As for the more technical end of the production, Please Save My Earth is a visually appealing series. The character designs are in an angular '80s shoujo style, which I liked, although a couple of characters look a bit too similar for their own good. The character art is quite good--delicately drawn with attention to expressions and fine detail. The backgrounds are also detailed and well drawn, although occasionally a little sparse or abstract. About the only thing I didn't like (and it's not surprising for a series like this) was that the colors on the whole are a little too heavy on the pastels. The character animation holds up its end in making the characters feel real--the quality ranges from good to really great in a few scenes. Also worth mentioning is the action; there isn't a lot of it, but what's there is exciting, creative, and very well animated.
In the acting department I can only speak for the Japanese, which is extremely good. My only (very minor) complaint is that a couple performances are a little on the wistful side; not inappropriate, but weaker than the rest of the very strong cast. The youngest of the protagonists is the most unusual role, and certainly the most challenging--being mature, childish, and rather evil by turns, all while maintaining believability as an 8-year-old is no easy task, and is pulled off admirably. The rest of the cast is also dramatically effective, with even minor characters turning in powerful moments of raw emotion, tempered by generally natural performances elsewhere. In the first few scenes, for example, a mix between school kids talking and a raw, powerful accident scene illustrates the balance and the great contrasts that the series is full of. As I mentioned above, that rather matronly man is also impressively acted--the gentle but serious tone behind his voice almost made his character believable.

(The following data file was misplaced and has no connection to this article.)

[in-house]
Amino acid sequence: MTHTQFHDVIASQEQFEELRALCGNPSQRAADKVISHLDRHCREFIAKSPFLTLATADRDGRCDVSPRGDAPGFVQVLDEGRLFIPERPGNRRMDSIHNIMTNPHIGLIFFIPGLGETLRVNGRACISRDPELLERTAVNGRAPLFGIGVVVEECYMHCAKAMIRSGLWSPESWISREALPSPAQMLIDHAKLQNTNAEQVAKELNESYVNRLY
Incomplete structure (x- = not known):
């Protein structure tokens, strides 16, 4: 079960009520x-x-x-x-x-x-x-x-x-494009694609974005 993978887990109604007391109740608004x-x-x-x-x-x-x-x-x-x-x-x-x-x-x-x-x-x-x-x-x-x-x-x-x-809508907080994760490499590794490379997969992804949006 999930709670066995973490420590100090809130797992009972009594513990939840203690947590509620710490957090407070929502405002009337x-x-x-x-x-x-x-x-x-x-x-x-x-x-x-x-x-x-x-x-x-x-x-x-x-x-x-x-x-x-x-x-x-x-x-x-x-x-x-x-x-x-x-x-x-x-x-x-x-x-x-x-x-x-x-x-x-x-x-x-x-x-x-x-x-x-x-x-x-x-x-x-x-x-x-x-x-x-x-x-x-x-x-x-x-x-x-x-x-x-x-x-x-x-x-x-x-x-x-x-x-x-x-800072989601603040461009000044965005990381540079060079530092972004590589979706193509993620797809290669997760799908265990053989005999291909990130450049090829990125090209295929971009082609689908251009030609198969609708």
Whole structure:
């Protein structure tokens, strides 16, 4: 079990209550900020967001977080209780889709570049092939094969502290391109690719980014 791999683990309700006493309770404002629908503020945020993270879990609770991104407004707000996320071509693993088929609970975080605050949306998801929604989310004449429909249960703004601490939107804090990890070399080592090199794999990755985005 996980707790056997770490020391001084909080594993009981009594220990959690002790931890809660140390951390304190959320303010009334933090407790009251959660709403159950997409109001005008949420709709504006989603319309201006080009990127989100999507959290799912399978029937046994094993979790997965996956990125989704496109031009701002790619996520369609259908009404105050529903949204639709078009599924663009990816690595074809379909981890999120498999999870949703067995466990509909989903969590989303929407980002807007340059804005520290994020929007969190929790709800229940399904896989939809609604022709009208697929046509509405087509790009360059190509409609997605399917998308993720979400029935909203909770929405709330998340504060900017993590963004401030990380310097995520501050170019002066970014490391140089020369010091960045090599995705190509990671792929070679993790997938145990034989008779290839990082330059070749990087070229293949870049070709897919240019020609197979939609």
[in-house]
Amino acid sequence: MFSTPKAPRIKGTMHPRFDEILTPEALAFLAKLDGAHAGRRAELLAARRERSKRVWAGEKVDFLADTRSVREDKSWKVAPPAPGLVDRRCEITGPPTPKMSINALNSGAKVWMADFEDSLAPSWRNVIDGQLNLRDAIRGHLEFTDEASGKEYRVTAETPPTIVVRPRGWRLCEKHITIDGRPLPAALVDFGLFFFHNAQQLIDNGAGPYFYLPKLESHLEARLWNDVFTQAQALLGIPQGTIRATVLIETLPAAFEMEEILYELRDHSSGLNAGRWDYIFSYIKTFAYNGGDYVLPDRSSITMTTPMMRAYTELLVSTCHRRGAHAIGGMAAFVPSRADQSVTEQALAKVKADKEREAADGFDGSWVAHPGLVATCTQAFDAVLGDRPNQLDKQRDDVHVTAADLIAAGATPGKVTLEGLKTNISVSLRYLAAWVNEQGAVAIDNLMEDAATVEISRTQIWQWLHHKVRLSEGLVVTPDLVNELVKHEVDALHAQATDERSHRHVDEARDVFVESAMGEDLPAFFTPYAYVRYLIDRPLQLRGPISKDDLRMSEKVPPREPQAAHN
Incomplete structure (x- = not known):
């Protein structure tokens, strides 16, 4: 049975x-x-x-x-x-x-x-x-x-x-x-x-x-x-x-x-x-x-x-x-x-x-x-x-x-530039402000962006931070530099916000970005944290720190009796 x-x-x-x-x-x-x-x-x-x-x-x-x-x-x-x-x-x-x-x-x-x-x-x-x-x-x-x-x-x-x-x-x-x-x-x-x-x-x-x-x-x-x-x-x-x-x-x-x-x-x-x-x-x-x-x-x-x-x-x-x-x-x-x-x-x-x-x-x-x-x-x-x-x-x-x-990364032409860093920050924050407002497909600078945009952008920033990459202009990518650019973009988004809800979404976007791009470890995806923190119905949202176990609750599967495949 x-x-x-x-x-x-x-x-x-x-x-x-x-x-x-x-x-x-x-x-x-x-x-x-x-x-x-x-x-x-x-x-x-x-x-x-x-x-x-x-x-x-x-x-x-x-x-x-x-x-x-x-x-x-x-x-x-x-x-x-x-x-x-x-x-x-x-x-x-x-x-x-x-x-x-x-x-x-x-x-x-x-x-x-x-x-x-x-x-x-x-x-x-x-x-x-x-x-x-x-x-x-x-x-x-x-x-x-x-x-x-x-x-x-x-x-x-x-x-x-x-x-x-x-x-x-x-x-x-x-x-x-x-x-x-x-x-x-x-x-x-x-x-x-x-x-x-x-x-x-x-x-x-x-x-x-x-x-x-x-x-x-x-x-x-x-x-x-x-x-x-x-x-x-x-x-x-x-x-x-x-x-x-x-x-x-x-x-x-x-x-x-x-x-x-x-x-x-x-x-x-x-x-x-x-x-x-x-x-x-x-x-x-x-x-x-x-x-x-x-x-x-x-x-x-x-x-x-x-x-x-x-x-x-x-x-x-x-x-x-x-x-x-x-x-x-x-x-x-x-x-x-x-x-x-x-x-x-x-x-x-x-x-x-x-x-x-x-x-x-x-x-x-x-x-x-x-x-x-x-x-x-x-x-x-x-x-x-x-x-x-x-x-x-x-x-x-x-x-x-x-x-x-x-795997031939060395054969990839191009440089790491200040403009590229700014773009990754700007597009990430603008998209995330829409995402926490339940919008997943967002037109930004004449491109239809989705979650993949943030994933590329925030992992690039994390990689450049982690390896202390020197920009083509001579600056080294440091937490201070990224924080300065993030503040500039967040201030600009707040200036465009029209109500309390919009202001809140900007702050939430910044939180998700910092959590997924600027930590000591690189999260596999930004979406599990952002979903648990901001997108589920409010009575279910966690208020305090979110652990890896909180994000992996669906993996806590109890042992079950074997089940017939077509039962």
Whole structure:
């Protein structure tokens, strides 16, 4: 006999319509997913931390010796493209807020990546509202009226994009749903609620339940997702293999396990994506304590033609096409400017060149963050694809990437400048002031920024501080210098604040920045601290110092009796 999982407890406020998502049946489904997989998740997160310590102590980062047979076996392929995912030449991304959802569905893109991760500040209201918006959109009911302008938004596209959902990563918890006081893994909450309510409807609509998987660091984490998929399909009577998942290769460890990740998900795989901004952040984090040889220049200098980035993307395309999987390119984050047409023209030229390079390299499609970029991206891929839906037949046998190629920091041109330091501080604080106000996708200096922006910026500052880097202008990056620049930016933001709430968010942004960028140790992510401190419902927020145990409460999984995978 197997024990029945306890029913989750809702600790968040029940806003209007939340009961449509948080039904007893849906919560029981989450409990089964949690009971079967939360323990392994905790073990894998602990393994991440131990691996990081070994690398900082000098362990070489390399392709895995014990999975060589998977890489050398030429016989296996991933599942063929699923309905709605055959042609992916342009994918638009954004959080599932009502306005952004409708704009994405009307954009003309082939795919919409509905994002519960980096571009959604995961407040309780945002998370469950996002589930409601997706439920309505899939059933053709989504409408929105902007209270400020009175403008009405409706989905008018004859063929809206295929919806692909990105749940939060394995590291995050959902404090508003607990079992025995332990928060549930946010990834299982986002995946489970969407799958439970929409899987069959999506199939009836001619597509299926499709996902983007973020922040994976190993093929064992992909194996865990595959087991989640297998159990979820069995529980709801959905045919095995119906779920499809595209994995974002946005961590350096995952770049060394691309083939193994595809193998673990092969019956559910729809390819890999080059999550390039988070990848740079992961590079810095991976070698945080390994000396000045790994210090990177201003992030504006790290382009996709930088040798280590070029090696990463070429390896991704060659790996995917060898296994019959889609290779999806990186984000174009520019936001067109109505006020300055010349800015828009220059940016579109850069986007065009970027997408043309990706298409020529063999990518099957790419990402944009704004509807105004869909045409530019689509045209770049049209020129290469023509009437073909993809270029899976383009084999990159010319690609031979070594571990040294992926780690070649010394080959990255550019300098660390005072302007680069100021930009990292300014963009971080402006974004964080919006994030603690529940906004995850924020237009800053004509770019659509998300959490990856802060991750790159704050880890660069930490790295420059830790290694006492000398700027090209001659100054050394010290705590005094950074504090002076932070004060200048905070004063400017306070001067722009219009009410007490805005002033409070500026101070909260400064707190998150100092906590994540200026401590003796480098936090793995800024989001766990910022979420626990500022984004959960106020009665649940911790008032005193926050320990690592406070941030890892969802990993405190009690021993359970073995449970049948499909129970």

Musically the series is relatively quiet, but there are some soft, appealing pieces of background music, and a few eerie ones to enhance moods. Most noteworthy, though, is the end theme--written by Yoko Kanno (who I don't believe was responsible for any of the other music), it is an unusual song not unlike Voices from Macross Plus--slow, melancholy, slightly eerie, but most of all a beautiful song that captures much of the feel of the series as a whole.